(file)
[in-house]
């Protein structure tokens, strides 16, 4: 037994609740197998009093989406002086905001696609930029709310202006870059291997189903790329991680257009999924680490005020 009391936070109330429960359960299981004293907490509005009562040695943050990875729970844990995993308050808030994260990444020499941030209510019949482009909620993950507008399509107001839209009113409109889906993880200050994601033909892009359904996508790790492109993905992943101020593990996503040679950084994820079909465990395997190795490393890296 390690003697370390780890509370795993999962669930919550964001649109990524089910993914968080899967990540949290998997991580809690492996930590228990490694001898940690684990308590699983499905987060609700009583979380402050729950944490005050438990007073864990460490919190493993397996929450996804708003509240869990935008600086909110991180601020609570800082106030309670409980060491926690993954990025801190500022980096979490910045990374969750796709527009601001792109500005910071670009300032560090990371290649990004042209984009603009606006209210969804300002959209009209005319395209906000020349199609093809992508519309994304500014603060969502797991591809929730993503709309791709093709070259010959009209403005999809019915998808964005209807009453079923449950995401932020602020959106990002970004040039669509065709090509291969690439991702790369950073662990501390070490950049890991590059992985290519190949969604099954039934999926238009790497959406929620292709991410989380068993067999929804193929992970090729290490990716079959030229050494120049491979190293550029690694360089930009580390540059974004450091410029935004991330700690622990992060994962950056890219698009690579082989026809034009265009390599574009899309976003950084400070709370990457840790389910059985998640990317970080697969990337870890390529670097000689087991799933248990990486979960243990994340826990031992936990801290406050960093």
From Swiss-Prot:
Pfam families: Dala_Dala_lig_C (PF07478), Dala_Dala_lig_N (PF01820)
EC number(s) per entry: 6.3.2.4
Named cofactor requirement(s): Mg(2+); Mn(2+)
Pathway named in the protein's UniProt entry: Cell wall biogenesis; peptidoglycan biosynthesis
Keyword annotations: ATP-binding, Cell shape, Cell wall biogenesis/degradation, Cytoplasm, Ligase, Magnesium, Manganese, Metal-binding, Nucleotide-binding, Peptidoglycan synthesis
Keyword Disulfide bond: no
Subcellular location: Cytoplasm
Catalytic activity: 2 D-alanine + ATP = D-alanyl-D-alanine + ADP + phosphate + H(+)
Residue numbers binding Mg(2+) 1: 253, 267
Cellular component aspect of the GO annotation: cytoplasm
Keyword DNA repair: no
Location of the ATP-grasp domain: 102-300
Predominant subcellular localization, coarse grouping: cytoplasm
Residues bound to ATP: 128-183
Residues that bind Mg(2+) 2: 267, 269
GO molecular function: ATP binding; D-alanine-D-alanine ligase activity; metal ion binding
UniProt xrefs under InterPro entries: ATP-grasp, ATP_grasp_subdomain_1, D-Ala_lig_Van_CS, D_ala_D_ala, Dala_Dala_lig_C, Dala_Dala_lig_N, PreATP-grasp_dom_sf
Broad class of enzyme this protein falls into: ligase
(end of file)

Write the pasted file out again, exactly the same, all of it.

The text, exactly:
[in-house]
């Protein structure tokens, strides 16, 4: 037994609740197998009093989406002086905001696609930029709310202006870059291997189903790329991680257009999924680490005020 009391936070109330429960359960299981004293907490509005009562040695943050990875729970844990995993308050808030994260990444020499941030209510019949482009909620993950507008399509107001839209009113409109889906993880200050994601033909892009359904996508790790492109993905992943101020593990996503040679950084994820079909465990395997190795490393890296 390690003697370390780890509370795993999962669930919550964001649109990524089910993914968080899967990540949290998997991580809690492996930590228990490694001898940690684990308590699983499905987060609700009583979380402050729950944490005050438990007073864990460490919190493993397996929450996804708003509240869990935008600086909110991180601020609570800082106030309670409980060491926690993954990025801190500022980096979490910045990374969750796709527009601001792109500005910071670009300032560090990371290649990004042209984009603009606006209210969804300002959209009209005319395209906000020349199609093809992508519309994304500014603060969502797991591809929730993503709309791709093709070259010959009209403005999809019915998808964005209807009453079923449950995401932020602020959106990002970004040039669509065709090509291969690439991702790369950073662990501390070490950049890991590059992985290519190949969604099954039934999926238009790497959406929620292709991410989380068993067999929804193929992970090729290490990716079959030229050494120049491979190293550029690694360089930009580390540059974004450091410029935004991330700690622990992060994962950056890219698009690579082989026809034009265009390599574009899309976003950084400070709370990457840790389910059985998640990317970080697969990337870890390529670097000689087991799933248990990486979960243990994340826990031992936990801290406050960093």
From Swiss-Prot:
Pfam families: Dala_Dala_lig_C (PF07478), Dala_Dala_lig_N (PF01820)
EC number(s) per entry: 6.3.2.4
Named cofactor requirement(s): Mg(2+); Mn(2+)
Pathway named in the protein's UniProt entry: Cell wall biogenesis; peptidoglycan biosynthesis
Keyword annotations: ATP-binding, Cell shape, Cell wall biogenesis/degradation, Cytoplasm, Ligase, Magnesium, Manganese, Metal-binding, Nucleotide-binding, Peptidoglycan synthesis
Keyword Disulfide bond: no
Subcellular location: Cytoplasm
Catalytic activity: 2 D-alanine + ATP = D-alanyl-D-alanine + ADP + phosphate + H(+)
Residue numbers binding Mg(2+) 1: 253, 267
Cellular component aspect of the GO annotation: cytoplasm
Keyword DNA repair: no
Location of the ATP-grasp domain: 102-300
Predominant subcellular localization, coarse grouping: cytoplasm
Residues bound to ATP: 128-183
Residues that bind Mg(2+) 2: 267, 269
GO molecular function: ATP binding; D-alanine-D-alanine ligase activity; metal ion binding
UniProt xrefs under InterPro entries: ATP-grasp, ATP_grasp_subdomain_1, D-Ala_lig_Van_CS, D_ala_D_ala, Dala_Dala_lig_C, Dala_Dala_lig_N, PreATP-grasp_dom_sf
Broad class of enzyme this protein falls into: ligase